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Longtime Hamptons locals say out-of-control spending is ruining upscale enclave as prices skyrocket

Longtime Hamptonites are complaining about the uptick in prices at the vacation hotspot and blame a new crowd of wealthy individuals for the rising costs.

Locals claim the recent wave of rich residents is 'ruining the Hamptons,' citing an increase in the cost of housing, dining and transportation.

'There's so much money now it's nauseating. I'm a one-percenter. But I bear no resemblance to these people,' one woman, who bought her Amagansett home in 1991, told Vanity Fair.

'Everyone with money is here. If I weren't here already, I wouldn't come now. The conspicuous consumption is just gross.' 

Hamptonites are complaining about the uptick in prices at the vacation hotspot and blame a new crowd of wealthy individuals for rising costs (Pictured: Duryea's restaurant in Montauk)

1-percenters claim the new wave of rich individuals are 'ruining the Hamptons,' citing an increase in housing, dining and transportation (Pictured: Arbor Montauk)

The woman shared how each day she would walk by a home allegedly belonging to a hedge fund manager to find a crew planting fully grown trees at a cost of $50-100,000 per day.

The Amagansett resident said this summer she has had to 'work at relaxing'.

'[The Hamptons is] a different place now,' she claimed. 'It's the age of entitlement.'

Another Hamptonite, Heidi Wald, said it's not uncommon to find large bills strewn across the beaches.

'I looked down, as I'm always looking for sea glass and there was a perfect crisp $50 bill on the shore. I thought, 'Only in the Hamptons,'' Wald told the magazine.

Kathryn Kellinger and her husband, Lee Hanson, who is the chef and co-owner of Manhattan's Frenchette restaurant, say the housing prices in the area have 'gotten ridiculous' lately.

The couple began visiting the Hamptons in 1998, renting until they could afford to purchase a place of their own. They argued that wouldn't have been able to do that with current prices.

'We were five late 20-something friends who rented year after year until we could buy, by Hamptons standards, a reasonably priced house of our own,' Kellinger said. 'A freelance writer and young cook couldn't do that today.' 

The price hikes are also evidenced in leisurely activities.

One 25-year-old vacationer said she and about 30 others each contributed $3,000 to rent a home in Montauk for a month, however she notes that the price they paid for accommodations is nothing compared to what they're spending to go out.

Vacationers say going out to eat is more expensive than in previous summers. One even said she paid $88 for a lobster Cobb salad at Montauk hotspot Duryea's (pictured)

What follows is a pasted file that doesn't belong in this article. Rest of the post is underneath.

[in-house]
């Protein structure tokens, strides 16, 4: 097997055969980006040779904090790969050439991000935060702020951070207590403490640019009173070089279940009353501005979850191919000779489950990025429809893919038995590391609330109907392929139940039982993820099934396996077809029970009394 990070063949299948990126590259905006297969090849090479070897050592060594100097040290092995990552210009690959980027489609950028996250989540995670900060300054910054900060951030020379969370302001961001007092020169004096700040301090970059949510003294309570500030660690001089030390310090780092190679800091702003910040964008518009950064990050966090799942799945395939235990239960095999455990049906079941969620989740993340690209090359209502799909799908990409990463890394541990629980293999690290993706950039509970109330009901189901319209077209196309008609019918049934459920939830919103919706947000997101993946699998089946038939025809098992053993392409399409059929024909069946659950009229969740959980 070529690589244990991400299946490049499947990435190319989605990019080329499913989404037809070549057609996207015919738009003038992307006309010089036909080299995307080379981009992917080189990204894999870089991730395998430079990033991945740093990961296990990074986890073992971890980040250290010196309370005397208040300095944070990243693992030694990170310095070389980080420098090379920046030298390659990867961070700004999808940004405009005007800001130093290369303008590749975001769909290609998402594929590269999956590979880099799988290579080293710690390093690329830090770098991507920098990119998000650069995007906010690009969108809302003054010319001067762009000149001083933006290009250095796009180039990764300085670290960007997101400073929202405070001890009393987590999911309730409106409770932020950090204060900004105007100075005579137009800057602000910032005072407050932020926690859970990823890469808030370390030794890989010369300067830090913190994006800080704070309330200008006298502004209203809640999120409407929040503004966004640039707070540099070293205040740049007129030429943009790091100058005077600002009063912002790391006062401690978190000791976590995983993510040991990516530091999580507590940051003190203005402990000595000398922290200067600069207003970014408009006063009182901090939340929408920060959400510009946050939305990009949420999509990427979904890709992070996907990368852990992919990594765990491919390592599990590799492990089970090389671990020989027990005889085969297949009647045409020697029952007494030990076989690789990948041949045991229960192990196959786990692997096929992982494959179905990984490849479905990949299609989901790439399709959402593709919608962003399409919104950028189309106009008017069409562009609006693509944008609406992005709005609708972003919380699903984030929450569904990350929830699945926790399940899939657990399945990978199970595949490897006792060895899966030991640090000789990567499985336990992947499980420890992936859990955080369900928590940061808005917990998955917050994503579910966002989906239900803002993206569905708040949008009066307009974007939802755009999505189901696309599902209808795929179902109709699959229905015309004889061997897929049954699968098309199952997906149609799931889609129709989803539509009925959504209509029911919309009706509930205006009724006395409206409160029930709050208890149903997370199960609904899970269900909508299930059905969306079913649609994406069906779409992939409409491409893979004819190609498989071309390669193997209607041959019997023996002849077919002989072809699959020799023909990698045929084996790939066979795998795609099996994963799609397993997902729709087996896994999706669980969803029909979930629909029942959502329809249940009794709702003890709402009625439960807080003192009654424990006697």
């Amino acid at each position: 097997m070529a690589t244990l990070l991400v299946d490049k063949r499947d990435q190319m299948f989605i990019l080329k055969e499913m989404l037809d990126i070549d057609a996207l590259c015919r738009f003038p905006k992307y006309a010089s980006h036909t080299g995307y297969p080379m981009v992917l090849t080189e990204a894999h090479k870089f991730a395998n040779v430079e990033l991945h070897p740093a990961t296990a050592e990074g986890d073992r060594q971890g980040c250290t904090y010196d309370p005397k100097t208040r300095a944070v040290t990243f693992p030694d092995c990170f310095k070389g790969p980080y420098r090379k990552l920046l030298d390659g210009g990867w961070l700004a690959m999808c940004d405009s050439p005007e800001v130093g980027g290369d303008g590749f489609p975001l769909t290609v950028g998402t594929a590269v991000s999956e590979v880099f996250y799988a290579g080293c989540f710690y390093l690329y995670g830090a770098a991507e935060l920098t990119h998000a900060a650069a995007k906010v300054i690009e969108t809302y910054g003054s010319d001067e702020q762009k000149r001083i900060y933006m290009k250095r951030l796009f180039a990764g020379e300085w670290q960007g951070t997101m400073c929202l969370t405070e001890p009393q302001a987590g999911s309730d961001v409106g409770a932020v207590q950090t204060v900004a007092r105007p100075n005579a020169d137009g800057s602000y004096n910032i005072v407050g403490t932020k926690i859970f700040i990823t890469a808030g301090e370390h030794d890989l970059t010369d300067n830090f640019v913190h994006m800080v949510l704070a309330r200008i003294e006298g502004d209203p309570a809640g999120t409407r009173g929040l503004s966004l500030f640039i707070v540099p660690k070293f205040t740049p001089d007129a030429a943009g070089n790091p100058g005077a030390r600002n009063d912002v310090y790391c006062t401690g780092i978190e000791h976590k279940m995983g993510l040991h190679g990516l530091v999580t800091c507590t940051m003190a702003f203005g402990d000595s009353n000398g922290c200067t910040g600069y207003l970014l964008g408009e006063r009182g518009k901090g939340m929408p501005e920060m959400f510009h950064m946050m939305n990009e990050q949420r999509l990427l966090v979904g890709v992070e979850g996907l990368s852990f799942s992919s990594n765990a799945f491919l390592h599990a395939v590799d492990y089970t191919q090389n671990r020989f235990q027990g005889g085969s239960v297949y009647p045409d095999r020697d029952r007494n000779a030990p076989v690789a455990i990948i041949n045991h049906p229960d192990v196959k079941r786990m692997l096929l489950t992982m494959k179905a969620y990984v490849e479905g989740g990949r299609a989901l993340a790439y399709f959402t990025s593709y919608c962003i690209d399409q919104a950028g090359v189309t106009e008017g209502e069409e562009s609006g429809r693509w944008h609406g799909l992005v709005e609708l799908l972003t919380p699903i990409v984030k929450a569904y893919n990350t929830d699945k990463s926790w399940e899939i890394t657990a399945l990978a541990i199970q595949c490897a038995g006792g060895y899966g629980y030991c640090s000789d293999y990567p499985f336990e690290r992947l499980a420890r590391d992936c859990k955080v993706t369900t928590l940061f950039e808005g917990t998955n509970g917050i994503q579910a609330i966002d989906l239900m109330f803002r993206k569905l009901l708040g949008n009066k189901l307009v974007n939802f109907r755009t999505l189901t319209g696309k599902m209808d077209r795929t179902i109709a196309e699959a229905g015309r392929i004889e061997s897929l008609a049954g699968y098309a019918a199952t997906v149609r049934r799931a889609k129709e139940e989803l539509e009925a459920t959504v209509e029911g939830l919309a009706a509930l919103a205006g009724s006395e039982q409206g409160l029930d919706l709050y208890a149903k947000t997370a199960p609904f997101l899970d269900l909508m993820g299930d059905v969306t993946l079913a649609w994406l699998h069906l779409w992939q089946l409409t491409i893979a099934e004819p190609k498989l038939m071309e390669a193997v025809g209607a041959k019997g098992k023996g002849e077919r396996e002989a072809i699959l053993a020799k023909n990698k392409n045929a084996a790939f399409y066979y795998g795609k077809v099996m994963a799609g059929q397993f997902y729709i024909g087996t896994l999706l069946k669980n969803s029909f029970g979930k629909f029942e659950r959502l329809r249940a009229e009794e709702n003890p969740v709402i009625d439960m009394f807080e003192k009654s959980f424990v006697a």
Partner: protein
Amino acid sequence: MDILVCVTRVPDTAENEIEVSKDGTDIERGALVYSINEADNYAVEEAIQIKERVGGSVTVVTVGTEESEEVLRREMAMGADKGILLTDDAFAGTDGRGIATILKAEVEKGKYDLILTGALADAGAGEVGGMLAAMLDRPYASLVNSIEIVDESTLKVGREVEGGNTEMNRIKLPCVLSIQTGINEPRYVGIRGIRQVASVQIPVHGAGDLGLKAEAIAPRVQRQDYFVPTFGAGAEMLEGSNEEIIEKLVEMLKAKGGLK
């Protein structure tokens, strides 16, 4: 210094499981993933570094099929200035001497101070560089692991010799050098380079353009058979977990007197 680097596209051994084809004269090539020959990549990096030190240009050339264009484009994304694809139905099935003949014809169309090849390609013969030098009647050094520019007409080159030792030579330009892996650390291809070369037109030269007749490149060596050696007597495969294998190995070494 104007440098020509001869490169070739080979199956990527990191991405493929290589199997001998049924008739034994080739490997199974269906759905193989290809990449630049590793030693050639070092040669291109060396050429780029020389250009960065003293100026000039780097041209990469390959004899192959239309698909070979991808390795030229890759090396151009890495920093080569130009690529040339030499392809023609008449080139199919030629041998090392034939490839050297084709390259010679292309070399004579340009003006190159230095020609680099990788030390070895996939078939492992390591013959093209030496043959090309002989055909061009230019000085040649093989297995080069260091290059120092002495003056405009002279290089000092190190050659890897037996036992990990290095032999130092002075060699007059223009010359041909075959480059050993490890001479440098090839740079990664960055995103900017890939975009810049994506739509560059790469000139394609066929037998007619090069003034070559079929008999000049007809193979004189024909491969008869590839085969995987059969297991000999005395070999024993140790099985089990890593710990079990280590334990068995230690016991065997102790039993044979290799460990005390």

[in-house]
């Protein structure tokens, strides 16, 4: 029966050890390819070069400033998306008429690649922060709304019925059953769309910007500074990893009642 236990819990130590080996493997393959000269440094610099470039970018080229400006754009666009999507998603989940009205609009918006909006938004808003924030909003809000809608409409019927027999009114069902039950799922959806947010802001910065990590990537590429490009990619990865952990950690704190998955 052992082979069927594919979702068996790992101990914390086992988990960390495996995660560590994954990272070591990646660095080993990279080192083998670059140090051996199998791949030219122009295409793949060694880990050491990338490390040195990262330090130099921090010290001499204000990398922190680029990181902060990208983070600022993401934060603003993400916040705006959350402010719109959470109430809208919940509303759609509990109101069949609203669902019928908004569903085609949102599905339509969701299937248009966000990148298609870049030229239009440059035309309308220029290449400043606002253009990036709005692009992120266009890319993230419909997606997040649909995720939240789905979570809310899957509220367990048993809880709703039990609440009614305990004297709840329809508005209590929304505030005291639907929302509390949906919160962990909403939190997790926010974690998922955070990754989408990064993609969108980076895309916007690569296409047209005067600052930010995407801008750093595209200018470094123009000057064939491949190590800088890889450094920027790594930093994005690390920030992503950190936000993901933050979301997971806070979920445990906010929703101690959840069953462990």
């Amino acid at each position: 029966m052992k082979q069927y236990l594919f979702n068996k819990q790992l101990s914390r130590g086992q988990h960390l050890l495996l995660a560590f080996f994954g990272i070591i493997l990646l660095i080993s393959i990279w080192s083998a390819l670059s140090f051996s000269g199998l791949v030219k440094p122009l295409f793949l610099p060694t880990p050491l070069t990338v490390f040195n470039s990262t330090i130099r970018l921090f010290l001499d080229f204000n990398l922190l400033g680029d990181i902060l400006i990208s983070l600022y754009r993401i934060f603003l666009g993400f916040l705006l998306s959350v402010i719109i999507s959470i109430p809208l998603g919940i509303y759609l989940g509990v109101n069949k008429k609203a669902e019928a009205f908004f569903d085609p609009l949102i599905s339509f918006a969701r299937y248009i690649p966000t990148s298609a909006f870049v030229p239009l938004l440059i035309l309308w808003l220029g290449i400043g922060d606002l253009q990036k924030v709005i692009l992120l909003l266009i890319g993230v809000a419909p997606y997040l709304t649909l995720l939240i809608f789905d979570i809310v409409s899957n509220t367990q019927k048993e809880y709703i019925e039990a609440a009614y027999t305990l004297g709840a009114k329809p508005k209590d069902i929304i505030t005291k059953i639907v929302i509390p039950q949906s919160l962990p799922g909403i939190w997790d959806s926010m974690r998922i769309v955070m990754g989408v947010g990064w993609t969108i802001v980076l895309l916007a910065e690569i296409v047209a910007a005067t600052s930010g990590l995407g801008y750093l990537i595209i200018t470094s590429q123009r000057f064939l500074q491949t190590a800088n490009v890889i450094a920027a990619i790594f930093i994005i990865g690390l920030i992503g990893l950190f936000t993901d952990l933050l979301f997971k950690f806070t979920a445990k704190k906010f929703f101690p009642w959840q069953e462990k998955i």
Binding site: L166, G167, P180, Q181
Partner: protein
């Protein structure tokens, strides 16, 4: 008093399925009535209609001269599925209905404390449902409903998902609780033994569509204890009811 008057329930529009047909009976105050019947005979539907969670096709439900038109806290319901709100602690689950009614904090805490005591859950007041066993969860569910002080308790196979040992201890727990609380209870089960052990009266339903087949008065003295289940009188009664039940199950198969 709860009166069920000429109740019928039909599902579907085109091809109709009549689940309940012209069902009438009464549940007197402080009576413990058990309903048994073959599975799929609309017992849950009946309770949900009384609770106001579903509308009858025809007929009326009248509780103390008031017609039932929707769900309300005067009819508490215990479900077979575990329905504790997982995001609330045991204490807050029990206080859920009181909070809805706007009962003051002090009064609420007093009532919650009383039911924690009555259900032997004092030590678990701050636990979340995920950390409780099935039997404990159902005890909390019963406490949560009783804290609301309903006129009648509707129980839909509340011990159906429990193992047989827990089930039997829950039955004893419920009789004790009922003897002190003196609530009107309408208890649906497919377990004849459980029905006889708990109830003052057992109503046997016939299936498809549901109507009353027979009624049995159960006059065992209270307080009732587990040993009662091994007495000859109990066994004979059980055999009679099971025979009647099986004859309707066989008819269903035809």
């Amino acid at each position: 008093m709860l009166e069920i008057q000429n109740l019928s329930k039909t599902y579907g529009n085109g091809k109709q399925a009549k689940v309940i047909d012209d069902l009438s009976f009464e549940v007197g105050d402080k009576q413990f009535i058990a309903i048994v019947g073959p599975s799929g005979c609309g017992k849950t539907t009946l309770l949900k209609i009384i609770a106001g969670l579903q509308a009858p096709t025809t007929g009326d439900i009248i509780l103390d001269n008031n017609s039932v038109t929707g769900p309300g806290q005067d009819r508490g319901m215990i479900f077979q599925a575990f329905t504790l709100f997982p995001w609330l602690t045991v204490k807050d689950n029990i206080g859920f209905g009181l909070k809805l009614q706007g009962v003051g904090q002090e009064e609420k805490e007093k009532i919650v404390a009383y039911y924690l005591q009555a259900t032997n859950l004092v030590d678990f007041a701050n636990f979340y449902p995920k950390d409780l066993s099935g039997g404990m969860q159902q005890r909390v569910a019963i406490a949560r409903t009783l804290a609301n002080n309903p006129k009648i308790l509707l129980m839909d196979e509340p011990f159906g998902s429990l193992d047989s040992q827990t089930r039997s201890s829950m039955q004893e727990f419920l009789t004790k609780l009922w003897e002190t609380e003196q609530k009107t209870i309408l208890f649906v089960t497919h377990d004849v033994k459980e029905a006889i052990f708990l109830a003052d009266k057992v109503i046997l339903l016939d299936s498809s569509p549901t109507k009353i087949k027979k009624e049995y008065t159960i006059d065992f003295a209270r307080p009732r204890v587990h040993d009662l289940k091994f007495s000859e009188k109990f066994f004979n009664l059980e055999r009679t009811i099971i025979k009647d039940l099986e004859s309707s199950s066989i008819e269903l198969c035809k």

Another claimed her friends went out for a night and had a bar tab of $7,000 (File photo of Lulu Kitchen and Bar)

Residents are also reporting a rise in real estate costs. One couple claimed they wouldn't be able to afford to buy in the Hamptons if they were house hunting in the current market

'Tables are absurd,' she said. 'I've had friends who have ended the night with $7,000 bar bills.'

She also cited Uber rides costing $60 to go one mile and spending $88 on a lobster Cobb salad at Duryea's, an upscale dining hotspot in Montauk.

Another woman echoed the 25-year-old's claim, saying meal prices are much higher than last year.

'The bill was $300 for four people, and we didn't have any alcohol,' she explained. 'We had two iced teas, a frisée salad, Caesar salads with chicken, and some oysters.' 

Some residents said the impacts of the coronavirus quarantine may have contributed to the rising prices. Others blame former president Donald Trump's tax cuts for 'making the wealthy even wealthier over the past four years'.

These complaints come as businesses in the Hamptons face mass labor shortages. 

The combination of soaring local rental prices, the ban on temporary work visas and the fact that many hospitality workers are not keen to rush back to their grueling, low paid jobs after generous COVID-19 boosted unemployment, has left many Hamptonites without paid help for the first time.

Inventory of available homes throughout the Hamptons fell in the first quarter of the year as real estate sales and prices surged making it difficult for summer workers to find rentals, which ultimately left many establishments shorthanded for the season.

The labor shortage has made it almost impossible for residents in need of an electrician, plumber, or gardener. It has also affected their beauty regimes, as salons struggle to find enough staff to meet the staggering demand. 

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